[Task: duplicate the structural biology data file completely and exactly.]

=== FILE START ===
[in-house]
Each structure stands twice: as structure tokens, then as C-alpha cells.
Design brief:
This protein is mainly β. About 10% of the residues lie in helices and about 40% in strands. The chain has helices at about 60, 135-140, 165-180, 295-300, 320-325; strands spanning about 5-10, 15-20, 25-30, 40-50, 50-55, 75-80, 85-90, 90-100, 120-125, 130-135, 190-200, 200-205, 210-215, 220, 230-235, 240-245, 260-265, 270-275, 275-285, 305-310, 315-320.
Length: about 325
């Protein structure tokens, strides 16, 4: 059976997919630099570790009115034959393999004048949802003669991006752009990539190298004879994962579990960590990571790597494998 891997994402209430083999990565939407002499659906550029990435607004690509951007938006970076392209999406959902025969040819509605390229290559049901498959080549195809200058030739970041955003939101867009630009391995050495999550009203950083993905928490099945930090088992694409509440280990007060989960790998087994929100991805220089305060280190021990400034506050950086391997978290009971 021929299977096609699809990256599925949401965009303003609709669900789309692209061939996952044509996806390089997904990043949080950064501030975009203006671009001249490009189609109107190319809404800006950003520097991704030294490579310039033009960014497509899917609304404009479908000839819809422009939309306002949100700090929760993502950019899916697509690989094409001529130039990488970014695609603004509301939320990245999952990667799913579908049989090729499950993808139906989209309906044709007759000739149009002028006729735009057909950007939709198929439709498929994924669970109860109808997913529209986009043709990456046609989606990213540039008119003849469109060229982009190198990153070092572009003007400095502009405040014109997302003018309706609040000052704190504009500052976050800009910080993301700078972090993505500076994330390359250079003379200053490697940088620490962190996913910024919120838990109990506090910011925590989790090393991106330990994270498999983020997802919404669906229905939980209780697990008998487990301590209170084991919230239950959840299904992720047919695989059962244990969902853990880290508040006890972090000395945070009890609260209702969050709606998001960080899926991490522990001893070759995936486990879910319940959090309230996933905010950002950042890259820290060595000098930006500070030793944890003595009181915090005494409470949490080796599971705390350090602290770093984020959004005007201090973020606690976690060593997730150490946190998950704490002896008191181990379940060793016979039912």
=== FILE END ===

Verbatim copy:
[in-house]
Each structure stands twice: as structure tokens, then as C-alpha cells.
Design brief:
This protein is mainly β. About 10% of the residues lie in helices and about 40% in strands. The chain has helices at about 60, 135-140, 165-180, 295-300, 320-325; strands spanning about 5-10, 15-20, 25-30, 40-50, 50-55, 75-80, 85-90, 90-100, 120-125, 130-135, 190-200, 200-205, 210-215, 220, 230-235, 240-245, 260-265, 270-275, 275-285, 305-310, 315-320.
Length: about 325
């Protein structure tokens, strides 16, 4: 059976997919630099570790009115034959393999004048949802003669991006752009990539190298004879994962579990960590990571790597494998 891997994402209430083999990565939407002499659906550029990435607004690509951007938006970076392209999406959902025969040819509605390229290559049901498959080549195809200058030739970041955003939101867009630009391995050495999550009203950083993905928490099945930090088992694409509440280990007060989960790998087994929100991805220089305060280190021990400034506050950086391997978290009971 021929299977096609699809990256599925949401965009303003609709669900789309692209061939996952044509996806390089997904990043949080950064501030975009203006671009001249490009189609109107190319809404800006950003520097991704030294490579310039033009960014497509899917609304404009479908000839819809422009939309306002949100700090929760993502950019899916697509690989094409001529130039990488970014695609603004509301939320990245999952990667799913579908049989090729499950993808139906989209309906044709007759000739149009002028006729735009057909950007939709198929439709498929994924669970109860109808997913529209986009043709990456046609989606990213540039008119003849469109060229982009190198990153070092572009003007400095502009405040014109997302003018309706609040000052704190504009500052976050800009910080993301700078972090993505500076994330390359250079003379200053490697940088620490962190996913910024919120838990109990506090910011925590989790090393991106330990994270498999983020997802919404669906229905939980209780697990008998487990301590209170084991919230239950959840299904992720047919695989059962244990969902853990880290508040006890972090000395945070009890609260209702969050709606998001960080899926991490522990001893070759995936486990879910319940959090309230996933905010950002950042890259820290060595000098930006500070030793944890003595009181915090005494409470949490080796599971705390350090602290770093984020959004005007201090973020606690976690060593997730150490946190998950704490002896008191181990379940060793016979039912």